It took a while to get over the fact that, to a certain extent, my secret was out. My parents refused to leave, despite my urging them to go away. I didn’t want anybody to see me like this. Even though I knew that I shouldn’t have had anything to be ashamed about, it hurt to see the expressions on peoples faces change so dramatically just after laying eyes on me.
It’s like, when confronted with something so out of the ordinary, something nobody ever imagine a human body physically capable of going through, there’s a little space in between the rapid fire change of facial expressions. At first there’s a natural kind of hesitation, as the brain tries to rationalize that which just doesn’t make sense. Then there’s shock, once realization sets in, and that’s quickly followed up by an attempt to manage any further reactions.
But as the subject, as the cause of everyone’s emotional extremes, there’s a moment in between, it happens so quick, but you’re so hyper-aware of everyone looking at you that it’s impossible to miss. Right before your family and friends settle into that worried “you poor thing” effort to display a deliberate and compassionate concern, there’s a brief half-second where the pure horror on everyone’s face shines through.
It’s panic, it’s fear, it’s people that you know and love looking right at you and yet struggling to make the connection between the person they know and the reality of what’s going on. Maybe it’s just me, maybe I’m still having trouble juggling my own self-perception, or maybe it’s just something that’s hardwired into all of us. We see someone we know diminished by something external, and there’s some sort of instinct telling us to run, that something’s not right, to get away before things get worse.
Again, maybe that’s a little dramatic, but for me those feelings were very real, and it was hard to try to keep a level head when my brain was screaming at me to run away, to take my pain and my fear and crawl away into a dark place somewhere.
I sat there on the couch in stunned silence, listening to my parents and my wife try to put into words that which was inexplicable. Why was I shrinking? How long had it been going on? What should we do next?
This was definitely out of everyone’s level of experience, but if anything resembling consensus was reached, it was that some sort of action needed to be taken as soon as possible. The problem was trying to figure out what action to take. My parents volunteered to stay with us while we made a plan. I said no, that it wasn’t necessary, but my concerns were ignored as my wife gratefully accepted their offer.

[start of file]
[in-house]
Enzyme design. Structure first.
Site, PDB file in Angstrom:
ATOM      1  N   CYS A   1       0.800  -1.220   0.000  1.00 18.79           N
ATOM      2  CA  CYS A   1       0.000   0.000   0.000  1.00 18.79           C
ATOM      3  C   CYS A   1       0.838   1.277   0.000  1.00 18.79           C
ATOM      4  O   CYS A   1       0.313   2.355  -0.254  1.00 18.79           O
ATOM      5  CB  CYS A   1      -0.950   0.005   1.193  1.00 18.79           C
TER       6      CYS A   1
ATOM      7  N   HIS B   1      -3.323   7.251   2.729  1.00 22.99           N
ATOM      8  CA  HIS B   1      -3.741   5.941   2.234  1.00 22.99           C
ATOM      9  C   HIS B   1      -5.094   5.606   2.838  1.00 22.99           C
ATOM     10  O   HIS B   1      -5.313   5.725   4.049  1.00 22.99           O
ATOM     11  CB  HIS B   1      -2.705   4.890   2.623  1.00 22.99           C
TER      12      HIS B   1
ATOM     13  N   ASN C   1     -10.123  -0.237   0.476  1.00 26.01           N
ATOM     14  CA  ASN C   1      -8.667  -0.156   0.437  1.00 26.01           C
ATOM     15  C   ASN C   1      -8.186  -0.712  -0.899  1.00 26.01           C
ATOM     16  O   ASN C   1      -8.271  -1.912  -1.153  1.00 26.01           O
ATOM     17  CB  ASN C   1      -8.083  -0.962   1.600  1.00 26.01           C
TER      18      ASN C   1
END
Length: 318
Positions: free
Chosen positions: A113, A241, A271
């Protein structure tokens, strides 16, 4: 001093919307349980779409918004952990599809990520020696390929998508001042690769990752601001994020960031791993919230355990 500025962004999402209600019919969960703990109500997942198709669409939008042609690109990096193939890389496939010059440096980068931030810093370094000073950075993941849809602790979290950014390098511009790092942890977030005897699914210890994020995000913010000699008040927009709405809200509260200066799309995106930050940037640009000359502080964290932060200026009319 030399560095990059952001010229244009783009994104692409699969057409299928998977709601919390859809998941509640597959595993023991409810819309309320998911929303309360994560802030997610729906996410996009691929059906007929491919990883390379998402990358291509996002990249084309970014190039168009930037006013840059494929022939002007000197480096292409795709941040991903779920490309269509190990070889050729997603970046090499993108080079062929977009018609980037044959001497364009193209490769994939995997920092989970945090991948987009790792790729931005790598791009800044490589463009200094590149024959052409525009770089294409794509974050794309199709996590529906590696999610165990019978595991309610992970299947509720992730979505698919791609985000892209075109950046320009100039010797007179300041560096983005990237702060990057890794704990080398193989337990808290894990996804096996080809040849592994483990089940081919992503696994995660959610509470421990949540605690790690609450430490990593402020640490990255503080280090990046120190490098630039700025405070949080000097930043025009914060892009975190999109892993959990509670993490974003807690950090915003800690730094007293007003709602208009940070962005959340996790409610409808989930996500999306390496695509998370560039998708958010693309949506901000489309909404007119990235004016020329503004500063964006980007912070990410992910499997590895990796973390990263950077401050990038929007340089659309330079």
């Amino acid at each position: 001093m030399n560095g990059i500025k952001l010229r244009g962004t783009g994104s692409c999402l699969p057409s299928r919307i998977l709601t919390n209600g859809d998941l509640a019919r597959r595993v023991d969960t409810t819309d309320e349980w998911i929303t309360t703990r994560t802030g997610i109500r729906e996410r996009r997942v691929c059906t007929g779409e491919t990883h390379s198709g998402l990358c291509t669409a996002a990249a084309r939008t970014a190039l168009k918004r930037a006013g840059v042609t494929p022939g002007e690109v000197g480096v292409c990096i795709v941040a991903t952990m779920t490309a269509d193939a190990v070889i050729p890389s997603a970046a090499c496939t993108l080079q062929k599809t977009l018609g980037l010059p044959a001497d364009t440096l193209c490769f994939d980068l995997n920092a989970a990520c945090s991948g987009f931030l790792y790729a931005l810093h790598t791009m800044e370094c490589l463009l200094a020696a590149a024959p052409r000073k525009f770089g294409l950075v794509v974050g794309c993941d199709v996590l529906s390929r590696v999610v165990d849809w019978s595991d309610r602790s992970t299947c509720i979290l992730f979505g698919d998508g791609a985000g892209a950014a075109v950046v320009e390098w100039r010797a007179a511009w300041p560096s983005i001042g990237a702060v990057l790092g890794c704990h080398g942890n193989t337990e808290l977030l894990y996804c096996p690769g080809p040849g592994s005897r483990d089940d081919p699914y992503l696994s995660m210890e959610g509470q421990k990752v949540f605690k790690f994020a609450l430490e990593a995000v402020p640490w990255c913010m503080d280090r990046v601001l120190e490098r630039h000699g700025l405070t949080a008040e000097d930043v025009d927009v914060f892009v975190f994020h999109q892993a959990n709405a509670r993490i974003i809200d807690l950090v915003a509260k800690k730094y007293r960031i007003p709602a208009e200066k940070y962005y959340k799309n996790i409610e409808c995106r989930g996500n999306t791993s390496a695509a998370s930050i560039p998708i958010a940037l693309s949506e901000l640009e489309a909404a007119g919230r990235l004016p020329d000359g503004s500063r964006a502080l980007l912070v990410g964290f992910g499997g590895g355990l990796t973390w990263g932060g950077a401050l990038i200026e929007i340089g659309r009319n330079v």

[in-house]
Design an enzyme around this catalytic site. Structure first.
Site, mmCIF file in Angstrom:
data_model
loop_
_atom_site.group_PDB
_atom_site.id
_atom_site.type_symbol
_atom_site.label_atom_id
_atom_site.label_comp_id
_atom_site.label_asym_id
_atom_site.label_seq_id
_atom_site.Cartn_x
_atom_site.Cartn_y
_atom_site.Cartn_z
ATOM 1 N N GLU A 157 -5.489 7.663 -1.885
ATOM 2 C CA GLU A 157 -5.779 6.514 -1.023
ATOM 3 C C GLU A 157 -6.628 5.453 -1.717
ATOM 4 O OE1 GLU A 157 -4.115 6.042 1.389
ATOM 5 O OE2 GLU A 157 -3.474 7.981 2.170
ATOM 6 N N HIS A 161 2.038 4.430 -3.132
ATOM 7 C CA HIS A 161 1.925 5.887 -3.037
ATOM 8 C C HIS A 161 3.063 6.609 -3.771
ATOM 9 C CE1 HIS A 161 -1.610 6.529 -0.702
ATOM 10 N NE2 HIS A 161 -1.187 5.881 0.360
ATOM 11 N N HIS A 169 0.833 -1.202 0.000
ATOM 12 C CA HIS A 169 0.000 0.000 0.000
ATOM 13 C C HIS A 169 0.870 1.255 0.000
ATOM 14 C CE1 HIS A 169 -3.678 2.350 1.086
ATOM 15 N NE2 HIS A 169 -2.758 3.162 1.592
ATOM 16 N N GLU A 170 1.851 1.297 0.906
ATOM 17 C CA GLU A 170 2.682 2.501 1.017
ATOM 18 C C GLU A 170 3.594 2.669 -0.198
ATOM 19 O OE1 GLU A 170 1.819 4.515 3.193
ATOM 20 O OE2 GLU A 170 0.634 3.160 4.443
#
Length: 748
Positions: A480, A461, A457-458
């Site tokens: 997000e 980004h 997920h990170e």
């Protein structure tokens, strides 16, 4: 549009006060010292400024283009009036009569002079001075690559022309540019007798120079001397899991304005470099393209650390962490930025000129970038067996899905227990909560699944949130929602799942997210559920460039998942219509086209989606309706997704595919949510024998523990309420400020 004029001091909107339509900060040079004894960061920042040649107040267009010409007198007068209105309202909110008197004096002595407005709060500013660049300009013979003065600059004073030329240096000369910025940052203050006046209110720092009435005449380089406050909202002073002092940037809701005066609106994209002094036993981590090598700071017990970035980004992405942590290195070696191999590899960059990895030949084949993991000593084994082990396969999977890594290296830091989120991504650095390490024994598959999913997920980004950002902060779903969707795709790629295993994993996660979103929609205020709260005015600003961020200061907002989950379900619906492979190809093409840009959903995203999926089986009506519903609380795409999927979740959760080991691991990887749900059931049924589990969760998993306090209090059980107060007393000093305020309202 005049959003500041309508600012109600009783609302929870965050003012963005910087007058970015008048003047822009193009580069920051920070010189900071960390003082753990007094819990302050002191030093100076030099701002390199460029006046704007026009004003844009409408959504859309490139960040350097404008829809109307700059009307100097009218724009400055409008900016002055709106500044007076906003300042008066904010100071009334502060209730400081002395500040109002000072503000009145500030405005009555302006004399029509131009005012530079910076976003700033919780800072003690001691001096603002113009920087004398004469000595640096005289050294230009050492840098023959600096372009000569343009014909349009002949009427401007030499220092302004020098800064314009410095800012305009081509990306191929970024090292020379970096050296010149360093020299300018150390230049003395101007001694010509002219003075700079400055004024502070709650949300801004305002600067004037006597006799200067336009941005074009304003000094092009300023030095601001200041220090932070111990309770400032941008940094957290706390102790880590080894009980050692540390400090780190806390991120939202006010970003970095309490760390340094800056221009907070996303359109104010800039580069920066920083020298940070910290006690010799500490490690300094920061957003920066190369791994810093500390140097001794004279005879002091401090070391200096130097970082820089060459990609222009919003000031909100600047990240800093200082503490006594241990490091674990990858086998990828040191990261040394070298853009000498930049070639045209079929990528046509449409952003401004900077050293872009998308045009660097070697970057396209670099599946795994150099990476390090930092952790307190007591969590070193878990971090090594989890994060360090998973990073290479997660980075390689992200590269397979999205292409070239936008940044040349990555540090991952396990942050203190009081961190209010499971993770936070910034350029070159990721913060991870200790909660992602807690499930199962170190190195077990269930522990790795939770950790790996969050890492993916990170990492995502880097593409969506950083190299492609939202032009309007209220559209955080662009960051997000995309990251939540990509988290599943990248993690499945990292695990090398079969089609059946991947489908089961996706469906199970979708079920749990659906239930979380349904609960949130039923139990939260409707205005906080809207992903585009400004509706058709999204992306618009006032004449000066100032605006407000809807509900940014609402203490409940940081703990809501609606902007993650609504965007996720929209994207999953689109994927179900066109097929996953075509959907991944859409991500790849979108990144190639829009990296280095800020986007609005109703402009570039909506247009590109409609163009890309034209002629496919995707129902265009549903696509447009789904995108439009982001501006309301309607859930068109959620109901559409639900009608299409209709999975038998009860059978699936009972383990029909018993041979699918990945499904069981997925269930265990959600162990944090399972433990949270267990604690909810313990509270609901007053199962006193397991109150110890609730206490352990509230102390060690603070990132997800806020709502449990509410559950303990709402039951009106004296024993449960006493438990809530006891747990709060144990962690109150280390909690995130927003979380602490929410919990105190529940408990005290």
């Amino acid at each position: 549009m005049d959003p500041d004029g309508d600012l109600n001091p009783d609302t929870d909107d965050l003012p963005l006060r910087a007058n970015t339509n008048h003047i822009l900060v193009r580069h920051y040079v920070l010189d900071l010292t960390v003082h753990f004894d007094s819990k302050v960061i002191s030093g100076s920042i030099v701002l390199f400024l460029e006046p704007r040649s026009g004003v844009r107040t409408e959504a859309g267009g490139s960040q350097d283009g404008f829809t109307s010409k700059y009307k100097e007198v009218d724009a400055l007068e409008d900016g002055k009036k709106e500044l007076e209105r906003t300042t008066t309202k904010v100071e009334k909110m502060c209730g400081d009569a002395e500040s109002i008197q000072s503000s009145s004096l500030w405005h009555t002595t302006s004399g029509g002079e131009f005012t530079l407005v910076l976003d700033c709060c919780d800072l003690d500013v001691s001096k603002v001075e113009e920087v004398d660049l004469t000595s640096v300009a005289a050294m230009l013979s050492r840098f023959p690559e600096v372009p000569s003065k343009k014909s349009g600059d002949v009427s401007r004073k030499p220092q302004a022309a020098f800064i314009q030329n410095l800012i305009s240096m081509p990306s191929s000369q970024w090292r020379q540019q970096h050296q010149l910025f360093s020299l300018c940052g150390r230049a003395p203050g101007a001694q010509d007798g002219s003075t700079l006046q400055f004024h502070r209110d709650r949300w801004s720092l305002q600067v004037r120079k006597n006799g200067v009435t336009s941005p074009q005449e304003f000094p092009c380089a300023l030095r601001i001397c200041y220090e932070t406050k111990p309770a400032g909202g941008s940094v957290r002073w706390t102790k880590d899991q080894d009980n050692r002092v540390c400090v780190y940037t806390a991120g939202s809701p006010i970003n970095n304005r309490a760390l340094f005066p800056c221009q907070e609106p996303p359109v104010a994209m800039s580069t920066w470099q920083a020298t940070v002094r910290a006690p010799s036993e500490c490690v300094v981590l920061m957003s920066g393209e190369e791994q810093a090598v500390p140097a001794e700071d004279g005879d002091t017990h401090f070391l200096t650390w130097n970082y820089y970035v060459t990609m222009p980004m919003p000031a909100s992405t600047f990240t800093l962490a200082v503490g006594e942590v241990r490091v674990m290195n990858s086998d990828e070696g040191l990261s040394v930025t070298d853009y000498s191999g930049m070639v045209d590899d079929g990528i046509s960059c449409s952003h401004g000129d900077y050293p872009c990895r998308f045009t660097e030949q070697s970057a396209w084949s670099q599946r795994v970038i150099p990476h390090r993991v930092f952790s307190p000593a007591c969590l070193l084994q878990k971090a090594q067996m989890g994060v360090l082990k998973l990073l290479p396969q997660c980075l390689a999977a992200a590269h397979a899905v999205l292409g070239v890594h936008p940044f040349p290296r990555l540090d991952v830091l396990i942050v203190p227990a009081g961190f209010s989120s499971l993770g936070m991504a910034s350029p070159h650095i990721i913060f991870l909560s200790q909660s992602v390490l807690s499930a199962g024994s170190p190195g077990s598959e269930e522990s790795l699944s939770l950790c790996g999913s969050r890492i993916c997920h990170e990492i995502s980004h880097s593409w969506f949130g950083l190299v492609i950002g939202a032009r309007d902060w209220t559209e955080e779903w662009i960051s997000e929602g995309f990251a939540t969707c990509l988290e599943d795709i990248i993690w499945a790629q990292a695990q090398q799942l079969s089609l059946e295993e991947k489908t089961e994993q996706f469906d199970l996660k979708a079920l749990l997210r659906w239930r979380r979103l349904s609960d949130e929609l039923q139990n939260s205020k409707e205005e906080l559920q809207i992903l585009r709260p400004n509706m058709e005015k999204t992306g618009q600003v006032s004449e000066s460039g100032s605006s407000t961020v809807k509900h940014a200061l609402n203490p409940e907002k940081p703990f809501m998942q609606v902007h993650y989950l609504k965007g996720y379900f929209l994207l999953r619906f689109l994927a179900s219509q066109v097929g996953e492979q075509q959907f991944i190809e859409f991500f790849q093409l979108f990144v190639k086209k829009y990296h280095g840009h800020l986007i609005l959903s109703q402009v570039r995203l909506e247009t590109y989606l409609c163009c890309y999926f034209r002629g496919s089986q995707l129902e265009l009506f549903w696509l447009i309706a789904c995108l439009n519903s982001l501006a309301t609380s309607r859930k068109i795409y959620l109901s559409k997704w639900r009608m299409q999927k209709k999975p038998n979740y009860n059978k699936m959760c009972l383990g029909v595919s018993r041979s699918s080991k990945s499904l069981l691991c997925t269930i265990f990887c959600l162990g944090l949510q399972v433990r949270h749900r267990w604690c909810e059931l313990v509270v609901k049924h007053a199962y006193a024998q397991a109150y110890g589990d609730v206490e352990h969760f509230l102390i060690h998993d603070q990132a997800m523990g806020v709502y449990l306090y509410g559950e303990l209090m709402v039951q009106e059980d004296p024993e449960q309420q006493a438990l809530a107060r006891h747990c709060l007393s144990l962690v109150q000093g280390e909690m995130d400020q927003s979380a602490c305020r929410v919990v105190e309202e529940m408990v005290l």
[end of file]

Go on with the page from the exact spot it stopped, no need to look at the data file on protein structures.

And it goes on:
Over the course of the next week, nobody left me out of sight for more than a few minutes.
“Come on guys,” I remember trying to argue my case for a little privacy. “It’s not like I’m just going to disappear.” I said it trying to be a little tongue-in-cheek, but nobody laughed.
And even though I thought a little humor couldn’t have hurt, I guess it wasn’t that funny, the way my condition was progressing. While my wife and my parents tried to seek outside help, I continued to get smaller, and after a couple of weeks I couldn’t have been any bigger than a toddler.
I hated the fact that I was growing more and more dependent on other people just to get through the day. And I’ve never been one of those guys who blindly go through life not taking stock of how lucky he is to be here. I’ve often thought about what it means to be healthy, I’ve considered the fact that you can’t take anything in life for granted.
But shrinking, getting smaller, I’ve said it before but I still feel healthy. It’s just the world around me is changing. As I got smaller, I found my old world still here, but just less and less possible for me to navigate within.
For example, I remember I was sitting in the living room with my mom. She had dozed off on the couch, and my dad and my wife were out somewhere. Maybe I just wanted to assert some sort of dominance over my life, over my house. I quietly jumped down from the couch and went into the kitchen to make myself a snack.
Easy, right? But even though I was probably only around three feet tall, it wasn’t just my height that was affected. And I should have realized my own limitations, but I don’t know, I guess I was being stubborn, I guess a part of me just refused to acknowledge the constraints imposed on me by my new size.
I planned on boiling some water for a package of instant noodles. I dragged a kitchen chair over to the counter so I could reach the noodles in one of the cabinets. With a little more effort, I was able to slide the chair toward the sink and fill up a small pot with water from the tap.
Even though the plan was so straightforward in my head, I was having a lot of trouble. And while a part of my brain was acknowledging that fact, the stubborn part of me continued to act, even though it had taken me great effort just to fill up a pot of water and reach a pack of noodles.
Filled with water, the pot was weighing down my small arms. I was trying to keep it from splashing, but there was a messy trail of small puddles leading from the sink to the oven. After I managed to place the pot on top of one of the burners, I made a move to ignite the stove. But my hands, they were big enough for me to grip the stove’s burners, but it was like the knobs were glued in place.